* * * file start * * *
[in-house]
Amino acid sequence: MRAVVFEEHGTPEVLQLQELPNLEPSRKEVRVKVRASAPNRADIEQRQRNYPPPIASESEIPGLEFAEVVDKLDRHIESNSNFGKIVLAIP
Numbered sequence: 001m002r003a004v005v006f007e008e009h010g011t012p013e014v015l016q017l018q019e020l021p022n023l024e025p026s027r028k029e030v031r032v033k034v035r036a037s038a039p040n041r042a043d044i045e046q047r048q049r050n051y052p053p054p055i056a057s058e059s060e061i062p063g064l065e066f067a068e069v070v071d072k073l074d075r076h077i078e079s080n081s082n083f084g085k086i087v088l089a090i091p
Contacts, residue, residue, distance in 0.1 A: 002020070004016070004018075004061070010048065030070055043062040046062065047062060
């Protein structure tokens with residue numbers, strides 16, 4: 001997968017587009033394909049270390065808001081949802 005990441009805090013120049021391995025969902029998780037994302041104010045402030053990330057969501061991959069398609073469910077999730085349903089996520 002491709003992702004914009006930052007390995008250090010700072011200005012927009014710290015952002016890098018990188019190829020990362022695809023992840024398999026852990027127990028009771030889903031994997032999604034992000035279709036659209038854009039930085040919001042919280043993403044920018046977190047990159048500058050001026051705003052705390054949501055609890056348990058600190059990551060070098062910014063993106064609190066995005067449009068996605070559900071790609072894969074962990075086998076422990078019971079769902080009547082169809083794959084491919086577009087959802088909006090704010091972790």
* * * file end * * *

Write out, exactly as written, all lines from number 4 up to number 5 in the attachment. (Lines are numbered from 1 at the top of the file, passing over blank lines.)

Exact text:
Contacts, residue, residue, distance in 0.1 A: 002020070004016070004018075004061070010048065030070055043062040046062065047062060
């Protein structure tokens with residue numbers, strides 16, 4: 001997968017587009033394909049270390065808001081949802 005990441009805090013120049021391995025969902029998780037994302041104010045402030053990330057969501061991959069398609073469910077999730085349903089996520 002491709003992702004914009006930052007390995008250090010700072011200005012927009014710290015952002016890098018990188019190829020990362022695809023992840024398999026852990027127990028009771030889903031994997032999604034992000035279709036659209038854009039930085040919001042919280043993403044920018046977190047990159048500058050001026051705003052705390054949501055609890056348990058600190059990551060070098062910014063993106064609190066995005067449009068996605070559900071790609072894969074962990075086998076422990078019971079769902080009547082169809083794959084491919086577009087959802088909006090704010091972790």